Blake uses apostrophe in addressing the blossom of an unidentified tree. The blossom itself does nothing but observe a sparrow and a robin. The sparrow seeks its nest within the tree, while the robin weeps for some unknown reason.
“The Blossom” is a two-stanza poem following an irregular rhyme scheme. Each sestet has an ABCAAC rhyme scheme, although some of the lines may qualify as near rhymes rather than true rhymes; for example, “Blossom” and “Bosom” are visual rather than aural rhymes, whereas “Robin” and “Sobbing” demonstrate the use of slant rhyme. The erratic nature of the rhymes parallels the seemingly arbitrary attitude of nature. Whereas a fixed rhyme scheme echoes the perfection of nature, this looser rhyme scheme shows nature as being harder to predict, if not entirely indifferent to human conventions.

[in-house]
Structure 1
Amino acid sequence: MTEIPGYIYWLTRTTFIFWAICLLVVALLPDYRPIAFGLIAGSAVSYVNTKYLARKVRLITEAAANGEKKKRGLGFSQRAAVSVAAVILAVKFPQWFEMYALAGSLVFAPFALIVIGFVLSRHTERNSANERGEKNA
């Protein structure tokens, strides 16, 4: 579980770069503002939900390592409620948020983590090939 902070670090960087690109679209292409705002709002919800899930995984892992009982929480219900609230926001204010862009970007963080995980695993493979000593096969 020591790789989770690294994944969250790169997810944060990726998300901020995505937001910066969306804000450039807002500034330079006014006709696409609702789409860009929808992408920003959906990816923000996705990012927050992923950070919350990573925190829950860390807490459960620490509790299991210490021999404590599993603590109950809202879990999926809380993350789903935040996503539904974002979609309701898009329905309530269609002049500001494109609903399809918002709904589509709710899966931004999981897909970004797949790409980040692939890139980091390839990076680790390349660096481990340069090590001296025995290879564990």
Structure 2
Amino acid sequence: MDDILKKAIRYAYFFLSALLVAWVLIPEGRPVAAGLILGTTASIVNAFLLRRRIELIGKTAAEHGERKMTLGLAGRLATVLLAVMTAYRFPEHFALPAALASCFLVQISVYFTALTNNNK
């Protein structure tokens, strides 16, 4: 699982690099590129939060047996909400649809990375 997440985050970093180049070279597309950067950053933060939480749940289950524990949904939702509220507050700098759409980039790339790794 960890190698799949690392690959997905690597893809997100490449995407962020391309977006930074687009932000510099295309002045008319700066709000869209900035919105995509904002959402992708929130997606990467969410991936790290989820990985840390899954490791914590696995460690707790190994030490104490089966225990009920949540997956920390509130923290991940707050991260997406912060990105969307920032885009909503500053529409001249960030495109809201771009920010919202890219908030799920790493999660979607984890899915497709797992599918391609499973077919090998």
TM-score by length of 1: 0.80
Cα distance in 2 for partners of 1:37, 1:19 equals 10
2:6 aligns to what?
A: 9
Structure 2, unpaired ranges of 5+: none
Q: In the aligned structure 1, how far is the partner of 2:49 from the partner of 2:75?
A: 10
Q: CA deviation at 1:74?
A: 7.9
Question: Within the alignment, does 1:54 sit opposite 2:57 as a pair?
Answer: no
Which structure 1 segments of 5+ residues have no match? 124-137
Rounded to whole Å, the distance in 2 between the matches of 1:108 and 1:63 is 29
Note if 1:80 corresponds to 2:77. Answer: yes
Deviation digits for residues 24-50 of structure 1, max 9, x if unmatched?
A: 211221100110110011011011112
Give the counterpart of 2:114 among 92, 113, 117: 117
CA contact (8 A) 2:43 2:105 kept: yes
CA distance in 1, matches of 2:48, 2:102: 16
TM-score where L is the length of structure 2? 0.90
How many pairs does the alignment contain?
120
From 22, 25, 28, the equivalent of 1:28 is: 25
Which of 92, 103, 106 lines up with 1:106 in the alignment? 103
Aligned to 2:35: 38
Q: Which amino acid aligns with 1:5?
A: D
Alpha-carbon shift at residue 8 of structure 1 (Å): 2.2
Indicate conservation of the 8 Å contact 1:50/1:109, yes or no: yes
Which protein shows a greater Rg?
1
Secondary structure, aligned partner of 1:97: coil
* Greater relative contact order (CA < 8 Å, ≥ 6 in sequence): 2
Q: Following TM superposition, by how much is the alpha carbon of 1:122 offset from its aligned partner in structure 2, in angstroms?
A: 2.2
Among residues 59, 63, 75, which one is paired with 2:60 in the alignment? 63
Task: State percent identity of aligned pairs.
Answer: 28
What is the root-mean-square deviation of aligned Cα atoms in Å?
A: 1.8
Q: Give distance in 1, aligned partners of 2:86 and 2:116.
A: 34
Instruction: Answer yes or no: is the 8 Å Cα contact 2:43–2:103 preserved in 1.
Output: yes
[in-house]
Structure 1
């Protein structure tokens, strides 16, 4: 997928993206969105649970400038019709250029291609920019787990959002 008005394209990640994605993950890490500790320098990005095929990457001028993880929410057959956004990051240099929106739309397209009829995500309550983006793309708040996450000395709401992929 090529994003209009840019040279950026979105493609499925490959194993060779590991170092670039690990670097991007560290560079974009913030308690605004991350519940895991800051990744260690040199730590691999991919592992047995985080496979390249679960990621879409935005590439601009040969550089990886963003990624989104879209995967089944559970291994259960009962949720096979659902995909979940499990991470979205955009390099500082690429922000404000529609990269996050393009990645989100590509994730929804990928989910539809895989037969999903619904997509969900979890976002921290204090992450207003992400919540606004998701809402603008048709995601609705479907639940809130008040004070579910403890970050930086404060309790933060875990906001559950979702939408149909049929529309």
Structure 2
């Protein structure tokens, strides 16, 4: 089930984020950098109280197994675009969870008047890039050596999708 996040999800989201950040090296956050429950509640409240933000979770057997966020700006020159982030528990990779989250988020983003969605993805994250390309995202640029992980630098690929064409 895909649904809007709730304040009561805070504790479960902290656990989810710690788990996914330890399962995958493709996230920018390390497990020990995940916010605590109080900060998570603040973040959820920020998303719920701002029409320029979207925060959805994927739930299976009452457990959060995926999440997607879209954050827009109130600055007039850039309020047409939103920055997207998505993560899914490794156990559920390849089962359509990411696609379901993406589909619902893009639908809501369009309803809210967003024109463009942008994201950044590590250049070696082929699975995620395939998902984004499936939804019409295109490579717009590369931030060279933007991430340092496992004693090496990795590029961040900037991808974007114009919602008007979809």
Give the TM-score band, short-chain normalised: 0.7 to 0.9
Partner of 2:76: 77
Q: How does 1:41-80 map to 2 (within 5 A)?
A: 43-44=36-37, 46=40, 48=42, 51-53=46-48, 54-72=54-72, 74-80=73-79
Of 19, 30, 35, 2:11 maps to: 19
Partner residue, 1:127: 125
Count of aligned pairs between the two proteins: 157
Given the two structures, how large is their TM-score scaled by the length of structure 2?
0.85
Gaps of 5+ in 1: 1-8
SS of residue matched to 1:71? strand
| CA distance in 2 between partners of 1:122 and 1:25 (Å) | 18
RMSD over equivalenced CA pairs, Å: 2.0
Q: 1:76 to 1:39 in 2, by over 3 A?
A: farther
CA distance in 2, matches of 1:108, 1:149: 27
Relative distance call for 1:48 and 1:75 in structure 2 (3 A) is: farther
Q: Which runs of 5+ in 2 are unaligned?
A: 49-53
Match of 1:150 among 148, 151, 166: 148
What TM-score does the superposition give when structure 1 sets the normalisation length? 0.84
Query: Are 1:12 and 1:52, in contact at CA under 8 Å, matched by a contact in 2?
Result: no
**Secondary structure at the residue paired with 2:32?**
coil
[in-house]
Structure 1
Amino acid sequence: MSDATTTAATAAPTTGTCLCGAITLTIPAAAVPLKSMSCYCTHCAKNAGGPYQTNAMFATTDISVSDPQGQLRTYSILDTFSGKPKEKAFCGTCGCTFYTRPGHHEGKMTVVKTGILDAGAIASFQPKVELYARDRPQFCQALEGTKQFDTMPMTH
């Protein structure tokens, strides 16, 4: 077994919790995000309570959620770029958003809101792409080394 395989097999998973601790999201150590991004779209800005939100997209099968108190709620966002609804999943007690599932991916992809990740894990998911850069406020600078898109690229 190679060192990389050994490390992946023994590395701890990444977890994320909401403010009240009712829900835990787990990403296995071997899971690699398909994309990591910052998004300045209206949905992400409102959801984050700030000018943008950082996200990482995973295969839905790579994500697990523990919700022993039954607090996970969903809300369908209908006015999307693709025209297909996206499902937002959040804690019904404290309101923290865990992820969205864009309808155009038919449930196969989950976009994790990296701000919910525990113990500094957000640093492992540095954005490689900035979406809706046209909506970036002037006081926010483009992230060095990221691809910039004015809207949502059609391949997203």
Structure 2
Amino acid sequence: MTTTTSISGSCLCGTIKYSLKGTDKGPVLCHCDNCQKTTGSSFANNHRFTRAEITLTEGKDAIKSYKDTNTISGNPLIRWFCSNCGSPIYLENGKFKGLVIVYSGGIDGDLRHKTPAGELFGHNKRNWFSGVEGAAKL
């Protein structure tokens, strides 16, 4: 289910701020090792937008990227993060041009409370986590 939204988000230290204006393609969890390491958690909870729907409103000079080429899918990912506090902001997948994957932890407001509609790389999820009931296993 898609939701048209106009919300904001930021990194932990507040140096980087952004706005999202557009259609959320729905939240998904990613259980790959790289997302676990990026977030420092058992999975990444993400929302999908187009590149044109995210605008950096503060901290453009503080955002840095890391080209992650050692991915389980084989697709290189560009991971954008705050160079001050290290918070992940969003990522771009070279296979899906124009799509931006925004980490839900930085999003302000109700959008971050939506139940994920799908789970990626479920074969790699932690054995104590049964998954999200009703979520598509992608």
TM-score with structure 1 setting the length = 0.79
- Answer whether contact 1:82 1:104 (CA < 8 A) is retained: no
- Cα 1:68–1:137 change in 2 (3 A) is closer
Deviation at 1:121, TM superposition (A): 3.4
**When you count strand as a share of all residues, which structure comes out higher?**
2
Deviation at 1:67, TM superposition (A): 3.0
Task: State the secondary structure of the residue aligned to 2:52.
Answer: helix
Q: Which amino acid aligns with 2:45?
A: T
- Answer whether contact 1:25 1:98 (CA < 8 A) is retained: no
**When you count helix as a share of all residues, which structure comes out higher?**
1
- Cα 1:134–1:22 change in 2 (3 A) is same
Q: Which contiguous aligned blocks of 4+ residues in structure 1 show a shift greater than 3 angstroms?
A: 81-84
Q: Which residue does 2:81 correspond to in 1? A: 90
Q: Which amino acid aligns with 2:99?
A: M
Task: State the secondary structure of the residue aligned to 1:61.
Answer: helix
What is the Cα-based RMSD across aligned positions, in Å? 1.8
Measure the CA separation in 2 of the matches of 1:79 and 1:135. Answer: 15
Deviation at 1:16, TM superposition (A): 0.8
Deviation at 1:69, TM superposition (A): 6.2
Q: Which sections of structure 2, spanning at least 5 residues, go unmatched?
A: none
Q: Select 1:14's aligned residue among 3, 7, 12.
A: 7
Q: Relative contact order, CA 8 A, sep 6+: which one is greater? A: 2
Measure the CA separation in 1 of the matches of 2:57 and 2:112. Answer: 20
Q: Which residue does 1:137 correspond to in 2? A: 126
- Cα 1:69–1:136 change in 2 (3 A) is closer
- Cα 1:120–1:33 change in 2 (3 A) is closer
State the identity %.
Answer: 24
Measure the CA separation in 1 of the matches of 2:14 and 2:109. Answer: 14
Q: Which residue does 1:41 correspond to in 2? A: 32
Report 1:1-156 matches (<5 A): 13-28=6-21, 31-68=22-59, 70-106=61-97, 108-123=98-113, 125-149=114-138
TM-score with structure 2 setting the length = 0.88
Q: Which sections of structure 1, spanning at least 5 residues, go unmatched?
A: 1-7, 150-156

The poem hides a secret cynicism about nature. While addressing the blossom, the speaker receives no response in either word or action. This aspect of nature is impersonal, unlike the Nature of paganism, alive with spirits and demigods, of much Romantic poetry. Whether a sparrow finds a home in its branches or a robin weeps, the tree, or specifically its blossom, is indifferent and merely looks on. Blake’s view of nature here is of a material world, operating on materialistic principles, with no vital essence to give it personality or feeling.